How can it be possible that we're only halfway through the year? On its relentless whiplash toward the middle, the first six months of 2020 have reframed, redefined, shocked, torn down, confounded and crumbled our expectations, our priorities, our concepts of distance and closeness, of responsibility, of tragedy, of joy. They changed how we listened to music, too: so often alone, through wires and screens and glitches and delays. But in six full months packed with moments where we needed music to cope with challenges new and old, there was so much to see us through.

In the liner notes to John Coltrane's 1964 album Live At Birdland, Amiri Baraka (then writing as Le Roi Jones) contemplated the gift the saxophonist and his band offered with this music inspired by the horrific deaths of four Black girls in a Birmingham church bombing inspired by white supremacist hatred. "Listen," Baraka wrote. "What we're given is a slow delicate introspective sadness, almost hopelessness, except for Elvin [Jones], rising in the background like something out of nature... a fattening thunder, storm clouds or jungle war clouds.

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Updated on June 26 at 4:29 p.m. ET.

The listening party has ended, but you can watch the album stream and conversation for the next 72 hours.

Our Daily Breather was a daily series where we asked writers and artists to recommend one thing that's helping them get through the days of isolation during the coronavirus pandemic, which concluded on June 12, 2020. Here, we've collected some of the music recommendations that artists have shared with us throughout the series.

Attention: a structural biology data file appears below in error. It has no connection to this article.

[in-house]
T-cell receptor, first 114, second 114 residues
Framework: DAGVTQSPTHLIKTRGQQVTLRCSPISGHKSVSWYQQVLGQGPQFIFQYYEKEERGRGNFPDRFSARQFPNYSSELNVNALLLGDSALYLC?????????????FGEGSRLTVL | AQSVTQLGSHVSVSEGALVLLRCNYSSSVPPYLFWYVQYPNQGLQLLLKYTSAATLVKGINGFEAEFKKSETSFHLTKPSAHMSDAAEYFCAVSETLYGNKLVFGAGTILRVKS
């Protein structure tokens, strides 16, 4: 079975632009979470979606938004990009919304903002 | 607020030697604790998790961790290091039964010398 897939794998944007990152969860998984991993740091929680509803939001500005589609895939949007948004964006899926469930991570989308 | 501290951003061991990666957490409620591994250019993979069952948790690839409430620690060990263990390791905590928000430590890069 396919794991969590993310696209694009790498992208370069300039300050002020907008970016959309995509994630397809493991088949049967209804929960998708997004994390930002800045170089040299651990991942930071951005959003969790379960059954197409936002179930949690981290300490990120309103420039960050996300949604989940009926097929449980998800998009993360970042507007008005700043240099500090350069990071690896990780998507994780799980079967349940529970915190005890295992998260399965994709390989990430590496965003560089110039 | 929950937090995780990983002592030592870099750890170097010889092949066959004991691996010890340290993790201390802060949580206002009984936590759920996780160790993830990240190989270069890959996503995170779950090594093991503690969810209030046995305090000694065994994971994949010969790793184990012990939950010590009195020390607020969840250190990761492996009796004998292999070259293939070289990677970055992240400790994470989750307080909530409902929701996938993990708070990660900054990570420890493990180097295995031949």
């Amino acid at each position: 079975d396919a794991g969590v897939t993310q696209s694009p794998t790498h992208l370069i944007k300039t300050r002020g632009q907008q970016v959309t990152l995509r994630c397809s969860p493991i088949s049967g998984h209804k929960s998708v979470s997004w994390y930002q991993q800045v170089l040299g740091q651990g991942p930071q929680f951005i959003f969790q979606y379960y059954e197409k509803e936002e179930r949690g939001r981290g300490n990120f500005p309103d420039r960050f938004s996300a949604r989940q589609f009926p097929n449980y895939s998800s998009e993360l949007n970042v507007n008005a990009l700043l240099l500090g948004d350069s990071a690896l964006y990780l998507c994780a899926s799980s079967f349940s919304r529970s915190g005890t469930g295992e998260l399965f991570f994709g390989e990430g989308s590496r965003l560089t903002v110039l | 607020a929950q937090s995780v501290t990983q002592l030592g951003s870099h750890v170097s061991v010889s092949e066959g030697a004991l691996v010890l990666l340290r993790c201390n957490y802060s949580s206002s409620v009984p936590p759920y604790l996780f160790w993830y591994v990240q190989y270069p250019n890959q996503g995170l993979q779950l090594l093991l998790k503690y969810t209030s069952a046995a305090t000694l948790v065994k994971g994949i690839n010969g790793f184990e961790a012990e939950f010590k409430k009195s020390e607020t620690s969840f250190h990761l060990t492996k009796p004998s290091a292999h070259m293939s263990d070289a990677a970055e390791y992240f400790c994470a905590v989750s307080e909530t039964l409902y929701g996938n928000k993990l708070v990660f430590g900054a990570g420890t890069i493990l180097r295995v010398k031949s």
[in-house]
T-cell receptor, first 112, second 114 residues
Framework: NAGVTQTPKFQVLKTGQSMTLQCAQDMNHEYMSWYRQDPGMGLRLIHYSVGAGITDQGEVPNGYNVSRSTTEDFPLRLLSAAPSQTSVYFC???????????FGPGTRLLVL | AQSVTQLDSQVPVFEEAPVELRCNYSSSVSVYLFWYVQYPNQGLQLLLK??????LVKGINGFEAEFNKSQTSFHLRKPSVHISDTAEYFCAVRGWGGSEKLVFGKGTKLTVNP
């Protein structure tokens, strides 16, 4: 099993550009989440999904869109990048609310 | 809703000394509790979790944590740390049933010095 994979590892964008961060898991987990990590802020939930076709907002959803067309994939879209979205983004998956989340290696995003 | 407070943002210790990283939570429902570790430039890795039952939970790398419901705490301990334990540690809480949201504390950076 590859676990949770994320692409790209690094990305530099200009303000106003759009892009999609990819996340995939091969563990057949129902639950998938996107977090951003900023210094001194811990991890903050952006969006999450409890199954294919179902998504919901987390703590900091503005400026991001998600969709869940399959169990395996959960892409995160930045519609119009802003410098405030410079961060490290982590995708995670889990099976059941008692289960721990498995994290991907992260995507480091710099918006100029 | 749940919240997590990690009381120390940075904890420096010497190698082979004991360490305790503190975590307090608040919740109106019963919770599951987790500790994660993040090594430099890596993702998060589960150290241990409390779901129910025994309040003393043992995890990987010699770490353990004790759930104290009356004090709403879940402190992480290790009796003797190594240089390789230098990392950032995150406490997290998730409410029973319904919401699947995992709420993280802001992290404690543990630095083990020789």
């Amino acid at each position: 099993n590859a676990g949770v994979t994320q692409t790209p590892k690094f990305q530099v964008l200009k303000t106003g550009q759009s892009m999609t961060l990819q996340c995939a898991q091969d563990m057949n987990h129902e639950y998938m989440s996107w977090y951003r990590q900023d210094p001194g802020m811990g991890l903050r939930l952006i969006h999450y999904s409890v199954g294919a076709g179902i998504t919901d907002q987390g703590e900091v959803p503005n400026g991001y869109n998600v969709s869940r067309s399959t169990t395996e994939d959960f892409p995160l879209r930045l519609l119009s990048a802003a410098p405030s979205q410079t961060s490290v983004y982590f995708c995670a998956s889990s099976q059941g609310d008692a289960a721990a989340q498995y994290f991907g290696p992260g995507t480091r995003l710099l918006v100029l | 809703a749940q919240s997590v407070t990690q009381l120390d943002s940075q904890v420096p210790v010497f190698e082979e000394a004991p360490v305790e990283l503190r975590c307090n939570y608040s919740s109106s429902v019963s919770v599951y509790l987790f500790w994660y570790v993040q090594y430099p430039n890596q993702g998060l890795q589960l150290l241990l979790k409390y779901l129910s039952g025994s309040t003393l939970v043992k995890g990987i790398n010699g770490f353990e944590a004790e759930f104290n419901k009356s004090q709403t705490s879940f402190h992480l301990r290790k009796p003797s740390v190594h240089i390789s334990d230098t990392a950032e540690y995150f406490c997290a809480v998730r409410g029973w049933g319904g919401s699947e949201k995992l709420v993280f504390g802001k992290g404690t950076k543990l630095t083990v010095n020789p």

Angelica Garcia Finds Sanctuary In Ranchera Music

New Orleans music history is played out by an ensemble cast, as colorful, diverse and dynamic as a Sunday-afternoon second line. No single lineage can quite unlock the ongoing magic that remains far more than the sum of its parts. But one essential thread, which began before rock and roll and stretched past the birth of hip-hop, is the legacy of queer performers and tastemakers — from Bobby Marchan to James Booker to Big Freedia — who steered the sounds and the scenes.

Love In Abundance: A Guide To Women's Music

Jun 17, 2020

If the first time you ever heard the phrase "women's music" was during the episode of the Amazon Original show Transparent in which the main character, a transgender woman, attends a music festival and finds herself enmeshed in a debate about gender and the right to inclusion, you know something about one aspect of a larger story. Women's music is its own genre, with a history that goes back more than 50 years.

Between the pandemic, the economic crisis and now protests, 2020 has already been a lot. Yo-Yo Ma has been coping, and trying to help the rest of us cope, with music. The cellist has been posting videos of himself playing what he calls "Songs of Comfort."

"I do believe that everything that we do," he says, "people in every profession — medical workers, the delivery people, the politicians — we all are there to serve. We only exist because someone has a need. I know that music fulfills that kind of need."

Our Daily Breather is a series where we ask writers and artists to recommend one thing that's helping them get through the days of isolation during the coronavirus pandemic.

Who: Bootsy Collins
Where: Cincinnati, Ohio
Recommendation: Gratitude


During this quarantine, I've had the opportunity to complete work on a few important projects, including recording a funk version of Indiana University's "Fight Song."